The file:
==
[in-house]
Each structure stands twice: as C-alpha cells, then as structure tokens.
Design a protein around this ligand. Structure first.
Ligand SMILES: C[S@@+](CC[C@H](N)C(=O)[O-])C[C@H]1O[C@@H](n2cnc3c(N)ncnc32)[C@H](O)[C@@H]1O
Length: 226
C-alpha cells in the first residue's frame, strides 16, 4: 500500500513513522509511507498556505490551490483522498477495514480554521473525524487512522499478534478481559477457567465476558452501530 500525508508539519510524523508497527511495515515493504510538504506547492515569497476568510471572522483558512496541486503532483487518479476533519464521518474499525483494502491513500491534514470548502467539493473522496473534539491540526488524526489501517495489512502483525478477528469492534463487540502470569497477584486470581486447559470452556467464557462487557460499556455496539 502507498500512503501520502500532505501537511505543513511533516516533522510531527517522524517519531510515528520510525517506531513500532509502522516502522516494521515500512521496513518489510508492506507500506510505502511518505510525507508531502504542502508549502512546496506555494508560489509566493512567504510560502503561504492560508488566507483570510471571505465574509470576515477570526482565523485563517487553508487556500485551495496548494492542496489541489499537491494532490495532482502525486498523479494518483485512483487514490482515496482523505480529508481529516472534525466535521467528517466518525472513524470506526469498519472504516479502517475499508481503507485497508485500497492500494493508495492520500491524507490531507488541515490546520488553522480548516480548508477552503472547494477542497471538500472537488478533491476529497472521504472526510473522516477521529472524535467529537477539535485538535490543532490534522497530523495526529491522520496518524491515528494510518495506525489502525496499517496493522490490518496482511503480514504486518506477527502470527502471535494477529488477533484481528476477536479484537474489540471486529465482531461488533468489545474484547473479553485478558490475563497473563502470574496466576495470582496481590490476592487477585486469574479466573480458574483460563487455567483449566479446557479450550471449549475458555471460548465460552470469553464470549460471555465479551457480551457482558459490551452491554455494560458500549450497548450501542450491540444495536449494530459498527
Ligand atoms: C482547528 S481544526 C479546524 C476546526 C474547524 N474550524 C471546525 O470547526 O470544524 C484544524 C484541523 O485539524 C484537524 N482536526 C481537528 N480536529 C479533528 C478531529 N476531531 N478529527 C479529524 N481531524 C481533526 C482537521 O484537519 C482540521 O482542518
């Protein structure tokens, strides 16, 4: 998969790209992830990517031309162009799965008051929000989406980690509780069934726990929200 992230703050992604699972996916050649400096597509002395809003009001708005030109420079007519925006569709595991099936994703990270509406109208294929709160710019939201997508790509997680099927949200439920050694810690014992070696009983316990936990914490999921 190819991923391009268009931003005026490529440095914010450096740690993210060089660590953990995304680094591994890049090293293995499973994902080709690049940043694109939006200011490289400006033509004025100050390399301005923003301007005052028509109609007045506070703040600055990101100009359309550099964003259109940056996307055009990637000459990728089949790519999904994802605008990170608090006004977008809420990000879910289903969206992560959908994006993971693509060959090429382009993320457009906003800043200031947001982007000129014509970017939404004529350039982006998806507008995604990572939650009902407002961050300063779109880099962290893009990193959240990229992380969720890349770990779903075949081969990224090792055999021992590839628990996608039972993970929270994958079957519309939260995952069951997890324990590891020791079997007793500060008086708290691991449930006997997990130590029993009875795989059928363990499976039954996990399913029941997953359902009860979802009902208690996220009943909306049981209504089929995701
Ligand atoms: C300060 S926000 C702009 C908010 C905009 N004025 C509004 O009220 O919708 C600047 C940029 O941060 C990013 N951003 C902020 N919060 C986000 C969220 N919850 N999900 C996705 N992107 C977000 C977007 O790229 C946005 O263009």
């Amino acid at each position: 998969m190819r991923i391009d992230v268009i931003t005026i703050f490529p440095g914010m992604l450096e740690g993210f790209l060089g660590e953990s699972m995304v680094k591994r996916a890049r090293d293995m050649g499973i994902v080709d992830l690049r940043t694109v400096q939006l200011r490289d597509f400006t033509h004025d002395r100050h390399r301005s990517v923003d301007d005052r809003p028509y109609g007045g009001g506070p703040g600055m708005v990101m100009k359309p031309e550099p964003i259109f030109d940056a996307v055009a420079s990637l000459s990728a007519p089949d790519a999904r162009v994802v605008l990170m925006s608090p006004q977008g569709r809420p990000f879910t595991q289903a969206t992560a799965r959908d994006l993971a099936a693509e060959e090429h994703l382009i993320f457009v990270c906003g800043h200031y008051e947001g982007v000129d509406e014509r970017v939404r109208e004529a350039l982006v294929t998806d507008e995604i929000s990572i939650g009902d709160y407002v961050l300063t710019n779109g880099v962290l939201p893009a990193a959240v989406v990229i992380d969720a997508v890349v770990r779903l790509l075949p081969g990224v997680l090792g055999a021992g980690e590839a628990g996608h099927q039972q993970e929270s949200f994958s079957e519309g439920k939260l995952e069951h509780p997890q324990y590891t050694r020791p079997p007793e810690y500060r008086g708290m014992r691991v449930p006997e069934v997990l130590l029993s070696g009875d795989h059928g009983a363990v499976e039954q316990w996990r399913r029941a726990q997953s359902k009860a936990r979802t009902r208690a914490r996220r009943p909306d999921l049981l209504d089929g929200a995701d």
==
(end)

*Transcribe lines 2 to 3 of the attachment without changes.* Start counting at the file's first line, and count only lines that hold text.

Each structure stands twice: as C-alpha cells, then as structure tokens.
Design a protein around this ligand. Structure first.